According to some scientists, the Universe could be riddled with ten thousand billion Earth-like, habitable planets, which could have the potential to support life, or at least even harbor liquid water. All of them could be discovered with the aid of NASA's new Kepler Space Telescope (KST), Carnegie Institution in Washington astrophysicist Alan Boss claims in his new book, “The Crowded Universe.” He bases his number not on wild guess, but on a scientific line of reasoning that has thus far worked.
At the root of this astronomical number of habitable planets possibly existing in the Universe lies a very simple estimate. Boss says that he assumes the existence of such a celestial body around every Sun-like star in the galaxy. Seeing how there are approximately 10 billion such celestial bodies in each similar aggregate of stars, he holds this to be the general rule in all galaxies. So, when this figure is multiplied by 100 billion, the estimated number of star systems that wonder around in the Universe, even the most un-skilled mathematician gets the same results.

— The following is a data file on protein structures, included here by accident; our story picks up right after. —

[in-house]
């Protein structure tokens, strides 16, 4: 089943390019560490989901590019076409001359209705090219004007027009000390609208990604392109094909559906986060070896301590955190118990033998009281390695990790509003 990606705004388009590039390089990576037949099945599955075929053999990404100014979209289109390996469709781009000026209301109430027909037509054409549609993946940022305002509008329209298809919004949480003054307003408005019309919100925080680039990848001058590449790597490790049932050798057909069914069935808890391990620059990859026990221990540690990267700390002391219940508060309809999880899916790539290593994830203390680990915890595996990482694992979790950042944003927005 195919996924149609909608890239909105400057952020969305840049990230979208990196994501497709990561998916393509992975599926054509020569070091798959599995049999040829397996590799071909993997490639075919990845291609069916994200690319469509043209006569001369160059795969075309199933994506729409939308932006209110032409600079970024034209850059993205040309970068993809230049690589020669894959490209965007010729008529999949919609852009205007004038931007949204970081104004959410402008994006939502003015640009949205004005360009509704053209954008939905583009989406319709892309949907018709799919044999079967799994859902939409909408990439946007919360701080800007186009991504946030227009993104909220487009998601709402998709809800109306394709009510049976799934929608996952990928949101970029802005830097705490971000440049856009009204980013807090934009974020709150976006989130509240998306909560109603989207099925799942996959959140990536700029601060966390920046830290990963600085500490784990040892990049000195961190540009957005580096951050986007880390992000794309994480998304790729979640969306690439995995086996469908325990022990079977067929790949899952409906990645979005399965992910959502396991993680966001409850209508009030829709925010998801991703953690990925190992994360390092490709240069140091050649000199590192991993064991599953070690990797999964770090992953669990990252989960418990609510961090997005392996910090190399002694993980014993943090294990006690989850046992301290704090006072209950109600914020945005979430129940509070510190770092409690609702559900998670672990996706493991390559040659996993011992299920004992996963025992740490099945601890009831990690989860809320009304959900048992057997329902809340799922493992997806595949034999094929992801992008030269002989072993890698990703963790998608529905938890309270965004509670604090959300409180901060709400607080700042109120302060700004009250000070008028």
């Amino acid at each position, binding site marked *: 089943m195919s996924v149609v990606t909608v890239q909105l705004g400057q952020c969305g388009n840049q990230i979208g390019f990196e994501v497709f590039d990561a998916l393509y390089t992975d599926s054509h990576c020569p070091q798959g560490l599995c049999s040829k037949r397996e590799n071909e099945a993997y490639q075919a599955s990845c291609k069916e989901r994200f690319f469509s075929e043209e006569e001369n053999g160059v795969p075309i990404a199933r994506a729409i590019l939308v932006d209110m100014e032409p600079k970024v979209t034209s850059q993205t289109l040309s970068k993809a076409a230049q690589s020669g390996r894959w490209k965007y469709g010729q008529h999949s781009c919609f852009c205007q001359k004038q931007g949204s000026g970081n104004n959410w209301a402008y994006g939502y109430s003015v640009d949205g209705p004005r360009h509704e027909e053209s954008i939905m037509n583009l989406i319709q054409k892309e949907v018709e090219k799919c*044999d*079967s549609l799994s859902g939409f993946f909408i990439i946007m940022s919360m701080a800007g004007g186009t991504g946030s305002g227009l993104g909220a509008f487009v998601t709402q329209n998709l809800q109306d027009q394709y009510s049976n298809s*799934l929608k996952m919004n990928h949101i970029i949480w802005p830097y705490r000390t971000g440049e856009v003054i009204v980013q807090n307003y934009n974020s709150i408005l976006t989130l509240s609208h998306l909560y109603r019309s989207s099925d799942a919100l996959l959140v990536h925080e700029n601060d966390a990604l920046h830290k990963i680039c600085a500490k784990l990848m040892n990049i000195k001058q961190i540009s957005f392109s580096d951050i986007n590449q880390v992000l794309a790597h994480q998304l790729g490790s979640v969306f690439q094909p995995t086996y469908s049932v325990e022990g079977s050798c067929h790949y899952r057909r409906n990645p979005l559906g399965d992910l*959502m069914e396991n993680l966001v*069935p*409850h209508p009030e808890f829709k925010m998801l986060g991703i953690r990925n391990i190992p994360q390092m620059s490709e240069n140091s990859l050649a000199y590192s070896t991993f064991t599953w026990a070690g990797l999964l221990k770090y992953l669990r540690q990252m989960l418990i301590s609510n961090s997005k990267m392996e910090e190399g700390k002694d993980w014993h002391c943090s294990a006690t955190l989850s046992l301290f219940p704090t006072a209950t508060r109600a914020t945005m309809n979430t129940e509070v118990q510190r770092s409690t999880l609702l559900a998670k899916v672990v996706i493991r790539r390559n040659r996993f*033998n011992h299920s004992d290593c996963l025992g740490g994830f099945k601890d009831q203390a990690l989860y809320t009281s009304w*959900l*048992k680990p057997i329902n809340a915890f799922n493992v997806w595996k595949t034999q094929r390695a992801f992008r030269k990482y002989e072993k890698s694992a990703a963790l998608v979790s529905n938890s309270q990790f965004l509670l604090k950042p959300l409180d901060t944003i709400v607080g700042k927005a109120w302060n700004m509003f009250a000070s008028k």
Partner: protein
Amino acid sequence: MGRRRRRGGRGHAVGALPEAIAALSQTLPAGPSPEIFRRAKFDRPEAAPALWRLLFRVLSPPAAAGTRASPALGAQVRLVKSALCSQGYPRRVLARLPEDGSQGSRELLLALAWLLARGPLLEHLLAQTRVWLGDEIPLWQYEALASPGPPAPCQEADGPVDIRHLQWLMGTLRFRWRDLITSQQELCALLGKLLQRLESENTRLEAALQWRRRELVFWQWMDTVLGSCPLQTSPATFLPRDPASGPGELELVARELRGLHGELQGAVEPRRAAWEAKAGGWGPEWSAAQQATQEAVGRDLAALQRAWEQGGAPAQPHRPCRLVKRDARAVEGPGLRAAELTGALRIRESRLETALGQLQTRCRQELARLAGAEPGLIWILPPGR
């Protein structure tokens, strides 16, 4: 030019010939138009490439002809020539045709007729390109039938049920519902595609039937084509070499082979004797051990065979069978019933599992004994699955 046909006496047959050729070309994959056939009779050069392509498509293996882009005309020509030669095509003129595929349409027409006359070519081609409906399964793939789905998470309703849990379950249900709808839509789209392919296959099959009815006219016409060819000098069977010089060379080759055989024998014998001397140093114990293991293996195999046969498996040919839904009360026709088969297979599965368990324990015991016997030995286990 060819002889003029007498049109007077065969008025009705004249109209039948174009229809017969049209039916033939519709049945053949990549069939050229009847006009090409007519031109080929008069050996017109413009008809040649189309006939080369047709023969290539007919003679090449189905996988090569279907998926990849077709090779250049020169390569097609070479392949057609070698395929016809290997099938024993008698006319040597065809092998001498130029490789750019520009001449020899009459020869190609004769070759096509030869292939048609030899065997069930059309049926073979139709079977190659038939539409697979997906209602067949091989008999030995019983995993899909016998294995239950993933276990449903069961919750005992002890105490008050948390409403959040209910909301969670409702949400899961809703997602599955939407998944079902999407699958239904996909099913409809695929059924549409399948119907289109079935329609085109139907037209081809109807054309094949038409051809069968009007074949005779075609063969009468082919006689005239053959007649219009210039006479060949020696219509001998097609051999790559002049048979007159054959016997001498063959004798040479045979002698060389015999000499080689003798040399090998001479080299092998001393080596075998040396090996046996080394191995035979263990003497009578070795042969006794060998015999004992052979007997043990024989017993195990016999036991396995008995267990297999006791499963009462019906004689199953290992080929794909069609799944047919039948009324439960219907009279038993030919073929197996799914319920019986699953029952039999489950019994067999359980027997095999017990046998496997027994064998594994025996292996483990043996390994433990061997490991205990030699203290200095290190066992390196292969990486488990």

“Based on what we already know, the universe is going to turn out to be [a] chock full of habitable planets (i.e. Earth-like worlds), and therefore life is likely to be widespread,” he told reporters last week in Chicago, at the annual meeting of the American Association for the Advancement of Science (AAAS).
“We already know from folks who have been finding planets around other stars that most stars have planets. Simply from a theoretical ground of understanding how stars form, it's almost inevitable that they should end up having disks around them, which should end up forming planets. So we expect them to be there from the point of view of theory as well,” the scientist added.
Over the past few years, more than 300 exoplanets have been found, but astronomers have always said that the current technology employed by observatories, both on Earth and in orbit, is simply insufficient to allow them to detect Earth-sized planets orbiting remote and distant stars. However, scientists at the Geneva Observatory, led by Stephane Udry, managed to discover two cool planets in 2007, which could potentially sustain life or water, circling the Gliese 581 star.
“There are something like a few dozen solar-type stars within 30 light years of the sun. I would think a good number of those, perhaps half of them, will have Earth-like planets. So I think there are very good chances that we'll find some Earth-like planets within 10, 20, 30 light years of the sun,” he concluded.